Almost everybody has experienced the pain and anger which a splinter causes: pain because the darn thing is lodged somewhere usually in your hands or feet and anger because you should have been more careful.
Most splinters are just beneath the skin and can be easily removed. Before removing any splinter, you should take a deep breath and ask yourself, can I do this? For example, if the splinter appears deep and is irregular in shape, odds are you not going to get it out in one piece or at all. Mucking around with a tweezers causes tissue trauma and increases the risk of getting infected.
If you feel like you can manage the splinter removal, first cleanse the area around the splinter with soap and water thoroughly. Make sure your tweezers are clean as well. Try to remove the splinter by reverse force. By this I mean pulling it out in the opposite direction that it went in. This way you are more likely to follow a tract through the skin already created when the splinter went in. After removal, clean the skin again with soap and water. You should clean the wound at least twice daily until the skin heals. If you develop redness, pus or red streaks especially in the setting of pain and or fever, see your doctor.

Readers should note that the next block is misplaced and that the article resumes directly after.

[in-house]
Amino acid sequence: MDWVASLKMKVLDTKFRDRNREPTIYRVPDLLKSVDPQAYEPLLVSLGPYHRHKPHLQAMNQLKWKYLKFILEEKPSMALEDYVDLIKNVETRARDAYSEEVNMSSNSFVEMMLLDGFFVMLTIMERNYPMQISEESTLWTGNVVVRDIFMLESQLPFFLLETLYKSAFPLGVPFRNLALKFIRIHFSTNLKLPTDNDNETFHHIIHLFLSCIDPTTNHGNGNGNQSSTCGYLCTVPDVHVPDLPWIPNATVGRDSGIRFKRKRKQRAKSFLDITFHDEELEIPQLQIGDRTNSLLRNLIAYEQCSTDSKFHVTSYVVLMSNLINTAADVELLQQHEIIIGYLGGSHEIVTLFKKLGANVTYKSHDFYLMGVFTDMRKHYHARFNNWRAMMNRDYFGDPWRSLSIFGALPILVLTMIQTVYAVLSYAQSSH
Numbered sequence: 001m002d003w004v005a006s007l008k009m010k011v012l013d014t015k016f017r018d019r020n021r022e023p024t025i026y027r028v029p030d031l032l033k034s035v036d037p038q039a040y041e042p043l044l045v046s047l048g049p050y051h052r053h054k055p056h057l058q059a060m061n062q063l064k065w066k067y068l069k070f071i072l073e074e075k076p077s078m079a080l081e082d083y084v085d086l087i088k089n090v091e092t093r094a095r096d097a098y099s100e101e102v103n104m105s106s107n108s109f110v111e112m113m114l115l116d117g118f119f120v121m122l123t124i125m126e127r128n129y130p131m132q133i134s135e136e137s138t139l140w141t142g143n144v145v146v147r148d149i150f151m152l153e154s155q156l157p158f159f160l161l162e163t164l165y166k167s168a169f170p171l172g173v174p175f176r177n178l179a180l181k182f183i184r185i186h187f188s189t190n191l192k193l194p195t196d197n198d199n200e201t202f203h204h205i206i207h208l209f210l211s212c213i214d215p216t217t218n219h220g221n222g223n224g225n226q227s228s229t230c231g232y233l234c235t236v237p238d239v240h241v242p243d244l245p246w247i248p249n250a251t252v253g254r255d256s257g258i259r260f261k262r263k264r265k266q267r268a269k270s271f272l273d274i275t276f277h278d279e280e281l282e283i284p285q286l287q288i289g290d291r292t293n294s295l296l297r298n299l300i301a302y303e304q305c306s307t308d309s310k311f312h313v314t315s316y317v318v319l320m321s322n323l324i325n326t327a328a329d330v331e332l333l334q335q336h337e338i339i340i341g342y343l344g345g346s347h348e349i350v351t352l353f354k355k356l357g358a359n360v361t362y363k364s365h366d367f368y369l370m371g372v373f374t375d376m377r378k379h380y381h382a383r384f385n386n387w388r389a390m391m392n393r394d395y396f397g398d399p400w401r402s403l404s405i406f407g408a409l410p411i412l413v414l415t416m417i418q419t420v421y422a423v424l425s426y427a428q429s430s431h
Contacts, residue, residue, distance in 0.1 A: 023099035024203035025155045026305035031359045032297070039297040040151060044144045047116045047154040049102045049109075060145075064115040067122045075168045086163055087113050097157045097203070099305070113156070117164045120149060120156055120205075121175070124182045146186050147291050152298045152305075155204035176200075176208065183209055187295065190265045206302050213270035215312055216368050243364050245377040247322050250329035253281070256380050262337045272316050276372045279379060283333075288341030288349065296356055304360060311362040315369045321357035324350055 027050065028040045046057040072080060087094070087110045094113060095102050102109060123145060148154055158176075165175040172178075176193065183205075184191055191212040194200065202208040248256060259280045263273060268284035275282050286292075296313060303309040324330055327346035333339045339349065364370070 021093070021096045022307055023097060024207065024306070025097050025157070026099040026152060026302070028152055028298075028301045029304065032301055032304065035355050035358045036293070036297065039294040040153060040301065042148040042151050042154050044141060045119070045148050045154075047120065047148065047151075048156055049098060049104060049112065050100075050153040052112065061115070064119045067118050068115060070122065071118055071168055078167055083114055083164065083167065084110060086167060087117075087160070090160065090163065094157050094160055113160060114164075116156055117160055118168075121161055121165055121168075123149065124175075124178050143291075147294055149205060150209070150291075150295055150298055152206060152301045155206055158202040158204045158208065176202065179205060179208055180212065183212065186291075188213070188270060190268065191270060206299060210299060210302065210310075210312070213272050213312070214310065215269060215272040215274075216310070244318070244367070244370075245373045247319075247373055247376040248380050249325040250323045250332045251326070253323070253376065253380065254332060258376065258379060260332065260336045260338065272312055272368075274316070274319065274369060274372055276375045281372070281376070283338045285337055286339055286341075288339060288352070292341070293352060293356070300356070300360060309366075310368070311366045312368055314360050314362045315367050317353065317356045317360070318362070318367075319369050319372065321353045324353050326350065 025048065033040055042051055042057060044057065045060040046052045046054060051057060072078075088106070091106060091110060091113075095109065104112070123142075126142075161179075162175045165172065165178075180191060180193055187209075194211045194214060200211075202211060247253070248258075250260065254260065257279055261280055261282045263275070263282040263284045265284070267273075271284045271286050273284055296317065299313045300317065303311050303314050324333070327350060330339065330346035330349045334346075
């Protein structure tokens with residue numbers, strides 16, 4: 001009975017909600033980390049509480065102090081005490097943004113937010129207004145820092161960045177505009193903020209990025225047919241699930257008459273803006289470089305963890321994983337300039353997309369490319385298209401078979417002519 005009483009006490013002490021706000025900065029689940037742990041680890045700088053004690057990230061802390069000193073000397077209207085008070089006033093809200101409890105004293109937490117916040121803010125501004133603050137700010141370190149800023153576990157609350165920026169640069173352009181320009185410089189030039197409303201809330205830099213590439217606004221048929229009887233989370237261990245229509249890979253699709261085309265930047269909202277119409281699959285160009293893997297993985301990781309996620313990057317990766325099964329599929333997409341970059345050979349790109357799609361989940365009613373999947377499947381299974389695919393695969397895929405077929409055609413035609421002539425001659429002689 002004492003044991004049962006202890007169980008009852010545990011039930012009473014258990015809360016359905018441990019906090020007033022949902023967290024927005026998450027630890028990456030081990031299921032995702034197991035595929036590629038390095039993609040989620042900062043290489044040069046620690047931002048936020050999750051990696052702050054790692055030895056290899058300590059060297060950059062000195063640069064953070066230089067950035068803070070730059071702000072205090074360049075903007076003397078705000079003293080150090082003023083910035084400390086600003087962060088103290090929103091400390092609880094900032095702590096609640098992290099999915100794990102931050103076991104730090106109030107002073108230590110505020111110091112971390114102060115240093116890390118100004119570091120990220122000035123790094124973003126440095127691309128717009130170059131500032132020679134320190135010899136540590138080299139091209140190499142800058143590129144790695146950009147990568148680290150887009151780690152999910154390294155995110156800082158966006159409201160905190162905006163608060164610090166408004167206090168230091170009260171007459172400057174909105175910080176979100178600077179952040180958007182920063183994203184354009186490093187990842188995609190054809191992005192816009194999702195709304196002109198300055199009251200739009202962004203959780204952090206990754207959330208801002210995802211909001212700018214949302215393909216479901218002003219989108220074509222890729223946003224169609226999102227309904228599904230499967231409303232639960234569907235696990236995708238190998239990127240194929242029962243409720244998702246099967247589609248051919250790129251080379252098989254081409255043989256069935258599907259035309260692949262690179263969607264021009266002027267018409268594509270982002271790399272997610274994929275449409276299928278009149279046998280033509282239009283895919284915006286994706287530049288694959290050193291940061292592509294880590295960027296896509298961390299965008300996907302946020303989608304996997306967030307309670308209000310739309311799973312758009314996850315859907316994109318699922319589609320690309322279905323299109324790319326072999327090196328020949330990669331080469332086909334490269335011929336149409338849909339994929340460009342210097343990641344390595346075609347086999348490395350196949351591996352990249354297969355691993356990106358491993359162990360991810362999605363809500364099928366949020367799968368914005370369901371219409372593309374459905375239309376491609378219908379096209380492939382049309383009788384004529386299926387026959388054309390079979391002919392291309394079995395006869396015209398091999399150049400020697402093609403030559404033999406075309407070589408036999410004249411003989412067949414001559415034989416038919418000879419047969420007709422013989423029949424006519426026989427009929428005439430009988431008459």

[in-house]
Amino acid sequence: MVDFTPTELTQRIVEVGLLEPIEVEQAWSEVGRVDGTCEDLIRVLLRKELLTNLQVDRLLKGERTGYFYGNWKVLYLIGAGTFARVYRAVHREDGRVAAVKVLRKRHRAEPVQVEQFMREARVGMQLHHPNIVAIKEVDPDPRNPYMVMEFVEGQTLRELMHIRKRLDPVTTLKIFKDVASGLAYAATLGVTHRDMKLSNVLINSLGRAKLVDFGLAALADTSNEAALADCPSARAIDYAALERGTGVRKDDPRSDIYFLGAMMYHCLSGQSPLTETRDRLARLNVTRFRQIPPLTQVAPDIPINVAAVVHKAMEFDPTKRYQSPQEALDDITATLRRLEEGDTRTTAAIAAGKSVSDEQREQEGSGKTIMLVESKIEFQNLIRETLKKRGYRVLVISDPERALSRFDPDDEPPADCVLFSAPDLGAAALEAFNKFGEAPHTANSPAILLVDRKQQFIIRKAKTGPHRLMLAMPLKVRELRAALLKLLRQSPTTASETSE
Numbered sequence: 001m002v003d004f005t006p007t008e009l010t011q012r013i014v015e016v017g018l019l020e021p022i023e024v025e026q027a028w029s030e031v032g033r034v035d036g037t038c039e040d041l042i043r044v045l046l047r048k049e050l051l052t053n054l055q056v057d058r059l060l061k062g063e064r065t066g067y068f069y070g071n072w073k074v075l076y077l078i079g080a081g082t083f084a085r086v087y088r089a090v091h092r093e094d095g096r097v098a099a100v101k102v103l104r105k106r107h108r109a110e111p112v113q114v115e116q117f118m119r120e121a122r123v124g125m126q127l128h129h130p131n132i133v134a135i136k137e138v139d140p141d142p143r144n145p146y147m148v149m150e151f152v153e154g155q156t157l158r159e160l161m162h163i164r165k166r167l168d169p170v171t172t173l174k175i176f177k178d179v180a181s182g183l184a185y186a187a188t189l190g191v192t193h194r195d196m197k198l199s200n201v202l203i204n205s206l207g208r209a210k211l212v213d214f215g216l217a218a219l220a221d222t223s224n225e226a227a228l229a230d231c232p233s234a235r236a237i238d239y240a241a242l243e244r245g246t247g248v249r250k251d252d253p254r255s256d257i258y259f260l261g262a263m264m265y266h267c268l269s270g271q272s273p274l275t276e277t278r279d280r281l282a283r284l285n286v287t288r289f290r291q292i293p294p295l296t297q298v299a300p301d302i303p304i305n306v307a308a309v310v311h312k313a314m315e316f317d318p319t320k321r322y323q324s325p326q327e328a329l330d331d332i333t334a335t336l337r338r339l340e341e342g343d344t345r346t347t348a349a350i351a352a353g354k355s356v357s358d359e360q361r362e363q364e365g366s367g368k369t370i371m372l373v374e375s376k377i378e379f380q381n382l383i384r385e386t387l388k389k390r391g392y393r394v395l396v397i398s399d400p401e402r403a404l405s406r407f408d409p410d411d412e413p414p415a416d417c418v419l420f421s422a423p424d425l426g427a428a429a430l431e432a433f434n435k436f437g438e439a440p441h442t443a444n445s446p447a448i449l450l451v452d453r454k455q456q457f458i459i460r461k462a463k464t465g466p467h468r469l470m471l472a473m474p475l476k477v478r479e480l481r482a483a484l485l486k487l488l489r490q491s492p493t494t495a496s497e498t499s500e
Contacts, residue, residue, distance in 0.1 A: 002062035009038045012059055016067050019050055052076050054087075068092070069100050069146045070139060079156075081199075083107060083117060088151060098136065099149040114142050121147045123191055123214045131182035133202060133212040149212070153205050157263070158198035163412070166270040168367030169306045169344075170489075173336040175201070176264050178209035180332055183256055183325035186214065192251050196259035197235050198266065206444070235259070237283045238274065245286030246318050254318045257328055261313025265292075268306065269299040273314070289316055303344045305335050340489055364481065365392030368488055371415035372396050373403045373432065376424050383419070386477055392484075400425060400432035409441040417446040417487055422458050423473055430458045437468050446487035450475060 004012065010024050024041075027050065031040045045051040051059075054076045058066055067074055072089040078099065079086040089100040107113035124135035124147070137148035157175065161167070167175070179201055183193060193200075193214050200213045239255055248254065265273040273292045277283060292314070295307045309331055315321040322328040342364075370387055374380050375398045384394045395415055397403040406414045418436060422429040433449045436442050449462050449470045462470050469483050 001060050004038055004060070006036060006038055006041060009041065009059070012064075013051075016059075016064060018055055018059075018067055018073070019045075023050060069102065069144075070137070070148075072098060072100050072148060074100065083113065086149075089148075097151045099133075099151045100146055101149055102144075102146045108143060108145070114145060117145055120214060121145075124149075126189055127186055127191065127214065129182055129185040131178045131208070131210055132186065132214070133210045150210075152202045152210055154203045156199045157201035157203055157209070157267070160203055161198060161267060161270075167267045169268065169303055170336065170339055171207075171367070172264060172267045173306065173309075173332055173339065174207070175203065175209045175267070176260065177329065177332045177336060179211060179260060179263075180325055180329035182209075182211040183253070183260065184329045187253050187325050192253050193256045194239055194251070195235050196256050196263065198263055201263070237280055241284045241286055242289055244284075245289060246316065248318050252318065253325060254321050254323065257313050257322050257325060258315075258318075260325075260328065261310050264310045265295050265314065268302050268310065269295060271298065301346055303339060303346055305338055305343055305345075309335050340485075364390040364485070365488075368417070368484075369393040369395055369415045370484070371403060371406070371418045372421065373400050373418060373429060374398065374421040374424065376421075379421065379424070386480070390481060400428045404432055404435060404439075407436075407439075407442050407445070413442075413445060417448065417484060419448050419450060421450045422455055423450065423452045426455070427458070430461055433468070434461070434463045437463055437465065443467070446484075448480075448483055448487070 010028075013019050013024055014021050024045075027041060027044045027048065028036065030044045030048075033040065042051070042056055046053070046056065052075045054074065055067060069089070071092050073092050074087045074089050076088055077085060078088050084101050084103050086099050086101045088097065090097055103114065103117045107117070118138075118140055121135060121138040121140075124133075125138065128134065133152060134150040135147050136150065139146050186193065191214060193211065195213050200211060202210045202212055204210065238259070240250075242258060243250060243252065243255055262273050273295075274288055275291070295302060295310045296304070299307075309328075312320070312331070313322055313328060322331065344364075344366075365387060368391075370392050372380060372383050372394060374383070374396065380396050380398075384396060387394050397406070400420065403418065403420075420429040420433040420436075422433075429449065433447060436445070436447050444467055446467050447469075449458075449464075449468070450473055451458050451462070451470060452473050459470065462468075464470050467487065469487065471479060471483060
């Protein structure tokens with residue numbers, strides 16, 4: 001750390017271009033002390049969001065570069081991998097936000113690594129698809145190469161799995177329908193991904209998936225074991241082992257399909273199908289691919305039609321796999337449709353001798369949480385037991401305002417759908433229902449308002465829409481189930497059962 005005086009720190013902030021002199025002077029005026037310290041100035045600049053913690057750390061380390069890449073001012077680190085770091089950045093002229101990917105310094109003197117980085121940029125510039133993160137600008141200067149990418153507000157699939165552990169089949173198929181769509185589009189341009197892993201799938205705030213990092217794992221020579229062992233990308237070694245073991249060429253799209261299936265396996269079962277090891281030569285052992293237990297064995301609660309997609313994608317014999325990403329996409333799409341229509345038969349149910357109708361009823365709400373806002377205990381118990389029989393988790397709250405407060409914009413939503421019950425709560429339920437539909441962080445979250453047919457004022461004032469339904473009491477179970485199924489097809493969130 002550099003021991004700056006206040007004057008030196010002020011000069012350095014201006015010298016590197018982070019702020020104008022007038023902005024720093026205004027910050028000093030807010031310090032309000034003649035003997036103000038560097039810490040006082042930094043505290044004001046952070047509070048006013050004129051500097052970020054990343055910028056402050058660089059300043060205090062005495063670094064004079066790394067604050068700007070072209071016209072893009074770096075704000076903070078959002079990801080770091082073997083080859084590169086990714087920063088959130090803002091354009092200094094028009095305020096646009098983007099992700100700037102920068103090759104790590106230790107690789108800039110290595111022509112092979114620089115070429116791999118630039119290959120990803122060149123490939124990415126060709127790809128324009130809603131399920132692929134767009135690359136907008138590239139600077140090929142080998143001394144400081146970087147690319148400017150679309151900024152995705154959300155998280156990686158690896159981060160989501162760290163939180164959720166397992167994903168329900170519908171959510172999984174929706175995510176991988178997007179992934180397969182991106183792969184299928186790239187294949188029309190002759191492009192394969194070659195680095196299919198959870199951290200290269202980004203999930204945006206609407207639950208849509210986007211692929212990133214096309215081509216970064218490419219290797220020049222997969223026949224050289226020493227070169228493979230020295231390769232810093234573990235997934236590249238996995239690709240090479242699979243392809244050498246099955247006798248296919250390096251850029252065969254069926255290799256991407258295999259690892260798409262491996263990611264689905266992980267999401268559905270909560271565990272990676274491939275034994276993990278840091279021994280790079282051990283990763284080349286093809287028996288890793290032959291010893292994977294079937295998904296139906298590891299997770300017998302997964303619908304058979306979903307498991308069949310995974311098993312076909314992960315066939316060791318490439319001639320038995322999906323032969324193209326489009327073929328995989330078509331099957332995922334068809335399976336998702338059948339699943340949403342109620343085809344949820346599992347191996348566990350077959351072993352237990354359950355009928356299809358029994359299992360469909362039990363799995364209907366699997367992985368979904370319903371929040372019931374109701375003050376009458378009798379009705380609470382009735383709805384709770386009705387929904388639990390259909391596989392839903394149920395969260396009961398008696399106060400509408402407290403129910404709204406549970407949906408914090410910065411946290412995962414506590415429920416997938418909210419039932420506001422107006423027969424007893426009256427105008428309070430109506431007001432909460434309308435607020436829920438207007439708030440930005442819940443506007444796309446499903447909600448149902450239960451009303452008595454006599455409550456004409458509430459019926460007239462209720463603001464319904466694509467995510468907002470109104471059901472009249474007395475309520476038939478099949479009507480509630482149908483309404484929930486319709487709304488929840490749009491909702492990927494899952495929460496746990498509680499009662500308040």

Should you decide not to remove the splinter, keeping the wound clean and watching for signs of infection as per above works for most wounds. However, if you happen to have stepped on something with shoes on, you should see your doctor as these wounds are more likely to become infected. Also, if you have cancer, diabetes or other serious illness you should see your doctor first. Finally, if you happen to have been working on rose bushes and have a splinter of a rose thorn, have your doctor take a look. Rose bushes can transmit one nasty bug called sporotrichosis.